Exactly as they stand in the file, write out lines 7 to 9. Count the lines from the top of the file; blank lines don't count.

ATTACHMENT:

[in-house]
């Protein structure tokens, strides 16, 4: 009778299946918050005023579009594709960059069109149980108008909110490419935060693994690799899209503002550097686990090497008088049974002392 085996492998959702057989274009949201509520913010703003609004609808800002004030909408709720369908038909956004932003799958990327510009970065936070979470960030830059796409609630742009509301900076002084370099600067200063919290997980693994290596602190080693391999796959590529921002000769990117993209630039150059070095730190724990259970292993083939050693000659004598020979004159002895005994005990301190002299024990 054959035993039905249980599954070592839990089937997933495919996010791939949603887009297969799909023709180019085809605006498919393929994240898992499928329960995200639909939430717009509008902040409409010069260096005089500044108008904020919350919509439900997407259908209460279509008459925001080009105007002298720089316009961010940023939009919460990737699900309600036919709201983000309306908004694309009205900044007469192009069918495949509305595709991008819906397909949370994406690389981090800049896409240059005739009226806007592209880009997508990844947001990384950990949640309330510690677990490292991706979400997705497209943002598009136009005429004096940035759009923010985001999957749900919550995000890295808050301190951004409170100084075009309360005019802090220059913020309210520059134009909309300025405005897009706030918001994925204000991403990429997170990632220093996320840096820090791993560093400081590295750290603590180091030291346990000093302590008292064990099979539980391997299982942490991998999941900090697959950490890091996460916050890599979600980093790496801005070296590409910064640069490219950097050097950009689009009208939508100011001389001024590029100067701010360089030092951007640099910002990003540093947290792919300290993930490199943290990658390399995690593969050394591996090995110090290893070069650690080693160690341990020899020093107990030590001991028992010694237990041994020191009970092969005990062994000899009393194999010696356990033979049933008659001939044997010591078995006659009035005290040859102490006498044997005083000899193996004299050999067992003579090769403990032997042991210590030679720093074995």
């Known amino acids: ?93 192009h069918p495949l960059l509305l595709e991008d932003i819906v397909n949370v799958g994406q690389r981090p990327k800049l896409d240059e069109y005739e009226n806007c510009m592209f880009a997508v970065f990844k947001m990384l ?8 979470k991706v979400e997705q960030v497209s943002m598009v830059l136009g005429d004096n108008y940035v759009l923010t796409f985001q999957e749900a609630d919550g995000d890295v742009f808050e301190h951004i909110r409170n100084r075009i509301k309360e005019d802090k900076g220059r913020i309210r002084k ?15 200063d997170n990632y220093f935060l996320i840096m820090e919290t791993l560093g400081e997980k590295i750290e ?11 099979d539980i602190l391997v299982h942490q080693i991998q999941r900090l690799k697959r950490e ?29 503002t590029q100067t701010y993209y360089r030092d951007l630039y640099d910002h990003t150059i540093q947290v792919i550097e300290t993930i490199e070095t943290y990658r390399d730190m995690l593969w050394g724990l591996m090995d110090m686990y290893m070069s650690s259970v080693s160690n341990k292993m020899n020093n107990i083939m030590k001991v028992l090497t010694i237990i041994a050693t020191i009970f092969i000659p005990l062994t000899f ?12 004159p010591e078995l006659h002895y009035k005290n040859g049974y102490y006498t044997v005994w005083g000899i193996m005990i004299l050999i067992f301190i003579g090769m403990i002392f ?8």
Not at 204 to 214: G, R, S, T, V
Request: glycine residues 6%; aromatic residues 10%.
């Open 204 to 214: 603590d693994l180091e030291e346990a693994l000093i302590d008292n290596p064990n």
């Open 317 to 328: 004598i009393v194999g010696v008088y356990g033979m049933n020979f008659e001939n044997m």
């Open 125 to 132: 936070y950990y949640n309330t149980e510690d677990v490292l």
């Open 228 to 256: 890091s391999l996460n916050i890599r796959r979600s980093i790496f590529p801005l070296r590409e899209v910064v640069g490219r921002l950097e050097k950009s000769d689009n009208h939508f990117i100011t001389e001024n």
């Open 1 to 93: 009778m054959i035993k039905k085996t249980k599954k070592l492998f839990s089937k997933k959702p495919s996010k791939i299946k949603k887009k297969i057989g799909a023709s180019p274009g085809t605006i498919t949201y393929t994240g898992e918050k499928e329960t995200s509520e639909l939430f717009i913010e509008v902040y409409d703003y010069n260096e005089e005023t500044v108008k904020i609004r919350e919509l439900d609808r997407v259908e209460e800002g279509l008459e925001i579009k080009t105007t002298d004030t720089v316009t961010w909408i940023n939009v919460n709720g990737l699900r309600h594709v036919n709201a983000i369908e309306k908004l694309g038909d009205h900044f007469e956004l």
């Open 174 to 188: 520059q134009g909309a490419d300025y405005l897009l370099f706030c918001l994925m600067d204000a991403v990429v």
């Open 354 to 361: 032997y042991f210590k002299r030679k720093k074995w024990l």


């Open 317 to 328: 004598i009393v194999g010696v008088y356990g033979m049933n020979f008659e001939n044997m």
């Open 125 to 132: 936070y950990y949640n309330t149980e510690d677990v490292l």
């Open 228 to 256: 890091s391999l996460n916050i890599r796959r979600s980093i790496f590529p801005l070296r590409e899209v910064v640069g490219r921002l950097e050097k950009s000769d689009n009208h939508f990117i100011t001389e001024n």